US delegate stated he could not accept all of “interesting summary” made by Molotov, adding that there are objections to CPR proposals. He added that some of CPR proposals already taken care of in UK proposal adopted. He stated nothing more important than questions of supervision. He suggested that at next meeting conference devote its attention to such matters as type, quality and composition of supervisory authority, stating that if this matter could be disposed of practically all others might fall into line; if not, problem very difficult indeed.

Molotov then read draft communiqué (see Secto 3476).

US delegate stated that while there was agreement on communiqué various delegations have made reservations or statements establishing their positions regarding UK proposal. US delegate stated he reserved right to make US position clear and to make statement to press along [Page 974] lines brief statement he had previously made (see Secto 343 and Secto 344).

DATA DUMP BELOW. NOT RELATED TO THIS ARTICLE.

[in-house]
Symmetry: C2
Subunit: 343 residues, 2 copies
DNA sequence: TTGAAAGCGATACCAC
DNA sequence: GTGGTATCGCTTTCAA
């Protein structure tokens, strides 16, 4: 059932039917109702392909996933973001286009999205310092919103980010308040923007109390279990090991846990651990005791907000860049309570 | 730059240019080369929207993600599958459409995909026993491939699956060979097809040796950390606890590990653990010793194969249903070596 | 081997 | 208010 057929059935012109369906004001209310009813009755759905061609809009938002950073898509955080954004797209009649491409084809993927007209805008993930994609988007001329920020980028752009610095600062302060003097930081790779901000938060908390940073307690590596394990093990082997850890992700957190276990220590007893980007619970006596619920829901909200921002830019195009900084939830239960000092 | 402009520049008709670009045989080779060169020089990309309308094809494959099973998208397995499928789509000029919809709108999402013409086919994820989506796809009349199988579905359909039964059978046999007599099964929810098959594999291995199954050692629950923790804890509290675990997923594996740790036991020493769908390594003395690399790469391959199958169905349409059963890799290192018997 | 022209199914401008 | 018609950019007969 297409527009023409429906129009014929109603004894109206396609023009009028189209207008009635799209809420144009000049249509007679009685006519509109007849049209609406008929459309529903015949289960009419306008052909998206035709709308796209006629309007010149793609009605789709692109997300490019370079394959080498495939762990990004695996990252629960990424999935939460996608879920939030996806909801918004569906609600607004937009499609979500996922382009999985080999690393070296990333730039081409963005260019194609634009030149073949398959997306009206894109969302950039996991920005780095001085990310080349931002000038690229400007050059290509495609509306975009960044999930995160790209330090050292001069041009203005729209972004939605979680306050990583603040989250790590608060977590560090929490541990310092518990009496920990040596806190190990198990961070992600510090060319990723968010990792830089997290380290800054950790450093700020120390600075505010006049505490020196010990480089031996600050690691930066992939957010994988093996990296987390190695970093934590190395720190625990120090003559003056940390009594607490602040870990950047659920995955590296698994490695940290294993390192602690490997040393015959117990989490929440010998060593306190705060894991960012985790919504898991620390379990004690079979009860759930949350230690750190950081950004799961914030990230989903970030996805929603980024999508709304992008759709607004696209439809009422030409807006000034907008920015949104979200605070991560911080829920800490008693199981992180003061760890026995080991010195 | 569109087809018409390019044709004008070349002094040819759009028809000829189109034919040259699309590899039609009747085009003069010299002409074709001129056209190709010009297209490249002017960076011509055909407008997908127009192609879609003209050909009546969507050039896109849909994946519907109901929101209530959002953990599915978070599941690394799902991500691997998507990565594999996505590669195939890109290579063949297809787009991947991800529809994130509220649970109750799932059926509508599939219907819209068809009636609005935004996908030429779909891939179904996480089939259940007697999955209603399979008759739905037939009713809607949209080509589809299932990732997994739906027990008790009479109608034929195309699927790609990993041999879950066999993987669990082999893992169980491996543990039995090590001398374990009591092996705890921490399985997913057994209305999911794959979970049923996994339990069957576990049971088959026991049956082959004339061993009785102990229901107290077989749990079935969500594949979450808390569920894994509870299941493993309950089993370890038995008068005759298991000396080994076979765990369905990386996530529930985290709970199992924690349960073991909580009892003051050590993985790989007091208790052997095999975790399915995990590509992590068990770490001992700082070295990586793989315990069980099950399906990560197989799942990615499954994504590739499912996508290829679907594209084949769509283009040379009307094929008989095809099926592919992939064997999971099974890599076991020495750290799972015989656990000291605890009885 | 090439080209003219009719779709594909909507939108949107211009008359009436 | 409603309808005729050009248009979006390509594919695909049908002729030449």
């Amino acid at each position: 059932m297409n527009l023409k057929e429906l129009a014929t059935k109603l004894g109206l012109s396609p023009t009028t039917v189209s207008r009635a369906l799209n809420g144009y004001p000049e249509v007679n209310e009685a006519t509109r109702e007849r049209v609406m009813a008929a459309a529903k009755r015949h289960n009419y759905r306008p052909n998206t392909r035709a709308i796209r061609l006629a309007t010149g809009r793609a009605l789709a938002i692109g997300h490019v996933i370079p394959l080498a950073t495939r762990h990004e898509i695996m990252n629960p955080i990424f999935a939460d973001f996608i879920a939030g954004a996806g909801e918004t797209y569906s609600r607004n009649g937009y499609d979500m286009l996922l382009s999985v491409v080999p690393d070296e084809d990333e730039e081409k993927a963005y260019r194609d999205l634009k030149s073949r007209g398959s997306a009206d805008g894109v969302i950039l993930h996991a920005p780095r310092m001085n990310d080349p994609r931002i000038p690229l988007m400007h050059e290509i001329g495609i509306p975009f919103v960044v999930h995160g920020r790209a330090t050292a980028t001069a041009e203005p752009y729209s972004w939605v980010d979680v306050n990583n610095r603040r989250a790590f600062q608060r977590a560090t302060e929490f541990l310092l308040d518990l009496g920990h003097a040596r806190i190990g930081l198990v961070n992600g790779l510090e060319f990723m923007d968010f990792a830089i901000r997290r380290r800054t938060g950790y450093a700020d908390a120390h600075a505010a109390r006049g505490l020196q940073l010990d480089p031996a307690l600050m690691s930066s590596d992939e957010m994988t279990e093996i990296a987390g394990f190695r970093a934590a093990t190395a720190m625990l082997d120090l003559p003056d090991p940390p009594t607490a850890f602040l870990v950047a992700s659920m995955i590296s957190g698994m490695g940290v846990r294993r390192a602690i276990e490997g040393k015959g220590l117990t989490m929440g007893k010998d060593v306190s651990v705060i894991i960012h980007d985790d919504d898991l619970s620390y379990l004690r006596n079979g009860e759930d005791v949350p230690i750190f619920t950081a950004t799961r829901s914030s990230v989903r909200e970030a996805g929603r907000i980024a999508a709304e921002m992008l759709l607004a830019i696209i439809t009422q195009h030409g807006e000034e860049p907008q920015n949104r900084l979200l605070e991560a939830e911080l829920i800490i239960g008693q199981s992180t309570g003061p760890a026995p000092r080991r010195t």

Cambodian delegate made statement endorsing US delegate’s statement and stating that Cambodian delegate would make Cambodian reservation available to press.

Soviet delegate said that if each delegation could give its point of view regarding communiqué, nature and purpose of communiqué might be vitiated. He suggested perhaps conference had better resume plenary sessions.

US delegate stated this special case and suggested perhaps a sentence could be added to communiqué to effect various delegates reserved position on certain matters of principle.

Eden, who during this discussion had been showing signs great impatience and irritation then said perhaps terms of UK proposal might be altogether omitted from communiqué (see below).

Chou En-lai said communiqué had better be left as read and asked whether US delegate proposal would not empower every delegation to make its views known through a press conference.

US delegate expressed appreciation for Chou En-lai observation. Stressed that US delegation has observed press ethics in matter of restricted sessions. He pointed out however this peculiar situation in which US delegation authorized not to accept and not to oppose UK proposal but rather to record certain principles. He stressed he did not intend, in dealing with press, to go beyond framework of brief remarks he had made.